Curious about your health? Run the numbers with a little help from your doctor, of course.

Math and health care go hand-in-hand with measurements related to your blood pressure, body mass index and cholesterol providing an overall picture of your health, according to BlueHealth Advantage.

By knowing your numbers and their potential impact, you and your doctor can monitor and take charge of your health status.

Learn more about your measurements by reading Blue Cross and Blue Shield of Nebraska’s (BCBSNE) know your numbers series, which begins here with blood pressure management.

Blood pressure 101

Blood pressure is the force of blood pushing against the walls of your arteries and is measured using two numbers:

  • Systolic – when blood pressure is highest as the heart beats.
  • Diastolic – when blood pressure is lowest as the heart rests.

Your health care provider gives your numbers as systolic over diastolic pressure.


The following chart examines blood pressure classifications:

Patients receive a high blood pressure diagnosis after repeated readings of 140/90 or higher. However, if a patient has diabetes or chronic kidney disease, they receive the diagnosis after readings of 130/80 or higher.


For many people, a specific cause for their diagnosis is not known. This is called essential or primary high blood pressure. When a cause, such as a medication, is known, a patient has secondary high blood pressure.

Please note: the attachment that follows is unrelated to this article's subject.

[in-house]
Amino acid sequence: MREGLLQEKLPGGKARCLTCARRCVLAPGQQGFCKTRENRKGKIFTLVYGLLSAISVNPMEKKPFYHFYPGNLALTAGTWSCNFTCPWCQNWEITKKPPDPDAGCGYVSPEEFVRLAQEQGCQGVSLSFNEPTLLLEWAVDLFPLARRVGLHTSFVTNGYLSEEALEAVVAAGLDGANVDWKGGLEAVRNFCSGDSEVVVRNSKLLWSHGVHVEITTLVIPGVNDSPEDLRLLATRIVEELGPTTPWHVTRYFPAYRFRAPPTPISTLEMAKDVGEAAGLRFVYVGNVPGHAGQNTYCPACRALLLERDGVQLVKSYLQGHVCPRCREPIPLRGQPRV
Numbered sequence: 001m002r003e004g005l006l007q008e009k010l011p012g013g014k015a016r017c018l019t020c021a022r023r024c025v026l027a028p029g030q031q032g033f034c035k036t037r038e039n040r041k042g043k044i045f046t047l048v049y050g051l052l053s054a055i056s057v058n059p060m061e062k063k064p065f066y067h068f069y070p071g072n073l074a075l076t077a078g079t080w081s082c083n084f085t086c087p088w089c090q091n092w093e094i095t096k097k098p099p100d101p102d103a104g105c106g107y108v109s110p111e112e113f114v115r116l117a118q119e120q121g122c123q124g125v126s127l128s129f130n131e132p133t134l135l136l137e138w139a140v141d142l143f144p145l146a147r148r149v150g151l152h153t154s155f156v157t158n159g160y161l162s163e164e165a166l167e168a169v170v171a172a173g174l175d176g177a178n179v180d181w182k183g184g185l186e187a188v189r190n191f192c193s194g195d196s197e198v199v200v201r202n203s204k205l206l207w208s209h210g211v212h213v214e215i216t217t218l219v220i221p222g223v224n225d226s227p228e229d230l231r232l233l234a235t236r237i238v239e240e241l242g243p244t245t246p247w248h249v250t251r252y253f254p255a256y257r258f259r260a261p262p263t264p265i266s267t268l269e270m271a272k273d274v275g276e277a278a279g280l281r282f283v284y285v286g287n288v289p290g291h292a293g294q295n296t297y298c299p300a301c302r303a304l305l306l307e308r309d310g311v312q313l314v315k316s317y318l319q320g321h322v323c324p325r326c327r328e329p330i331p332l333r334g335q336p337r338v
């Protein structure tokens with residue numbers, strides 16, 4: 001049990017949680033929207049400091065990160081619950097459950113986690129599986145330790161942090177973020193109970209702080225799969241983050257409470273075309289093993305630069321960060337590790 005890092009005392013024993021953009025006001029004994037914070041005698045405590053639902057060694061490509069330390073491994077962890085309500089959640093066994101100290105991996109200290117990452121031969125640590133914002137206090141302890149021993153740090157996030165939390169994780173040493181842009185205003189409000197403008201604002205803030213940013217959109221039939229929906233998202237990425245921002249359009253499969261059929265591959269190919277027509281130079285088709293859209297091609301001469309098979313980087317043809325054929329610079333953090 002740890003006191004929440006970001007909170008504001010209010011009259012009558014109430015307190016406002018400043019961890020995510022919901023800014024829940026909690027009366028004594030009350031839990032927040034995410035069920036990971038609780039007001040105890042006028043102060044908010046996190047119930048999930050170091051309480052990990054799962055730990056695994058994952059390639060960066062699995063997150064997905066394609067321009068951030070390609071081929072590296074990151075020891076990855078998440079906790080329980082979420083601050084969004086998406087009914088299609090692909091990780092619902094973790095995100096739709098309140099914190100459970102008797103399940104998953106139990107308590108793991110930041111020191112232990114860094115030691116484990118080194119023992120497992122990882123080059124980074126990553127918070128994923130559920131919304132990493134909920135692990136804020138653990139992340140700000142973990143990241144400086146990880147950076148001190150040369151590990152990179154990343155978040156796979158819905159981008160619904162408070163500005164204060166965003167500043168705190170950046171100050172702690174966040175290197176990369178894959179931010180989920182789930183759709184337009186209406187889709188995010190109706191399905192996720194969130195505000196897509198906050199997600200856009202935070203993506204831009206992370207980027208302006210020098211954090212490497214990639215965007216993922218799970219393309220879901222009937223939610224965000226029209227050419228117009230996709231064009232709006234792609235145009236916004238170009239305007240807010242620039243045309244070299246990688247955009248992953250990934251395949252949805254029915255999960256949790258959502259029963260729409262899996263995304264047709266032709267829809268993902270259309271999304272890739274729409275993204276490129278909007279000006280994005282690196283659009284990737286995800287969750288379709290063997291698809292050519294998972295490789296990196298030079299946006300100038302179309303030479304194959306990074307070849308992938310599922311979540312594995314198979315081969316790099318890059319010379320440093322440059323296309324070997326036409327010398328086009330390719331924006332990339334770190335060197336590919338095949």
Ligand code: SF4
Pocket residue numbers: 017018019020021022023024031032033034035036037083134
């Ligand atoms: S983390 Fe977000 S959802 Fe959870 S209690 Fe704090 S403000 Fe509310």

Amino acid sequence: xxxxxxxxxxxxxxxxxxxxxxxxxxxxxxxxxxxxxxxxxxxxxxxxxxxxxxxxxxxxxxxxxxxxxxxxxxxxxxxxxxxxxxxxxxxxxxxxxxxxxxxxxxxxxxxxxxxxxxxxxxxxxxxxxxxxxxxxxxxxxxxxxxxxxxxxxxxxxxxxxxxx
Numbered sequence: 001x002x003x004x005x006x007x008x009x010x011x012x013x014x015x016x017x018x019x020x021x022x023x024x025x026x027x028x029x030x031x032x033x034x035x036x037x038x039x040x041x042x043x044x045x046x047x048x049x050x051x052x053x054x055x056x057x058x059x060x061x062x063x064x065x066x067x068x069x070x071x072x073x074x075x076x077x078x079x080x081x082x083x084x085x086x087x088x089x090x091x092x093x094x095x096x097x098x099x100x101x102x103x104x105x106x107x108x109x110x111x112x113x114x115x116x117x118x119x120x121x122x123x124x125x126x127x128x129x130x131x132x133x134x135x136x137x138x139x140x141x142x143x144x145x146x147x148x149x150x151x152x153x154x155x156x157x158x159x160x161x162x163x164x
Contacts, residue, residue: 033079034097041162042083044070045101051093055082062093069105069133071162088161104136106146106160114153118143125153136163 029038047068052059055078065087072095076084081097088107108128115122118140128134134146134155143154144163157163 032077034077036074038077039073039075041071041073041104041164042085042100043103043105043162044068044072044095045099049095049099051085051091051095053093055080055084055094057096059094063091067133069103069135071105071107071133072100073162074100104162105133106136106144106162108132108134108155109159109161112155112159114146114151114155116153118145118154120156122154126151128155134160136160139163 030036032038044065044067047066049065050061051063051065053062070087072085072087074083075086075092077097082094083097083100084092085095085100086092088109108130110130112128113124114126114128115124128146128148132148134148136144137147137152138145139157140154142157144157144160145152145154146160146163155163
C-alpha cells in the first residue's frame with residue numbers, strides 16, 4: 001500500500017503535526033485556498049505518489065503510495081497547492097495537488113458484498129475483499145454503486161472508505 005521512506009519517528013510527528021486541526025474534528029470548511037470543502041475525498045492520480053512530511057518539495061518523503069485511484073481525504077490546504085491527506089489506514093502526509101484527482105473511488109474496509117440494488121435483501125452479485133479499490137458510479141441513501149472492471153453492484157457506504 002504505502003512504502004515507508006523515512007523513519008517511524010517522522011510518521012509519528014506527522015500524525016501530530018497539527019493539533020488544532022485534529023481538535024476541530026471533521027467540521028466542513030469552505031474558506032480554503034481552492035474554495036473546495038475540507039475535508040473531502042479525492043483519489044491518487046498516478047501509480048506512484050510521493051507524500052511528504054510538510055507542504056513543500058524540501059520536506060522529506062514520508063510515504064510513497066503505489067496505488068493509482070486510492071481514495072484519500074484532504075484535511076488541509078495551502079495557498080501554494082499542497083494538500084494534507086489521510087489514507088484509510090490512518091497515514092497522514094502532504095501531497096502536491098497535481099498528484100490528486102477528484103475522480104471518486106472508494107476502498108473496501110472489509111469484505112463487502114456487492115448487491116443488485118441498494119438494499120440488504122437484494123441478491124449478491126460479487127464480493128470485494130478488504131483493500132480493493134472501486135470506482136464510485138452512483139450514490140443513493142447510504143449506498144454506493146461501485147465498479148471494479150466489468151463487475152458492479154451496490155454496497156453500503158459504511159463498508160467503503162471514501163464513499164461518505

Your chances of having the condition increase if you:

  • Are overweight.
  • Are a man over 45 or a woman over 55.
  • Have a family history of the condition.
  • Have prehypertension.

Impact on health

People call the condition the silent killer because it often comes with no symptoms. When it’s not found and treated, it can cause:

  • The heart to grow larger, which can lead to heart failure.
  • Small bulges, or aneurysms, to form in blood vessels.
  • Blood vessels in the kidney to narrow, which may cause kidney failure.
  • Hardened arteries.
  • Blood vessels in the eye to burst or bleed, which can cause vision changes and result in blindness.

Prevention, treatment and control

Nearly one in three U.S. adults has high blood pressure. Once the condition develops, it usually lasts a lifetime. However, it can be prevented, controlled and treated.

Steps you can take to prevent the condition include:

  • Maintaining a healthy weight.
  • Staying physically active.
  • Eating healthy.
  • Limiting your salt intake.
  • Drinking alcohol in moderation.

Some people who have the condition can control it using the steps listed above. Unfortunately, lifestyle changes alone don’t work for everyone. In that case, your doctor will add medicine to your health plan.

Stay tuned to BCBSNE’s newsroom for additional know your numbers coverage.

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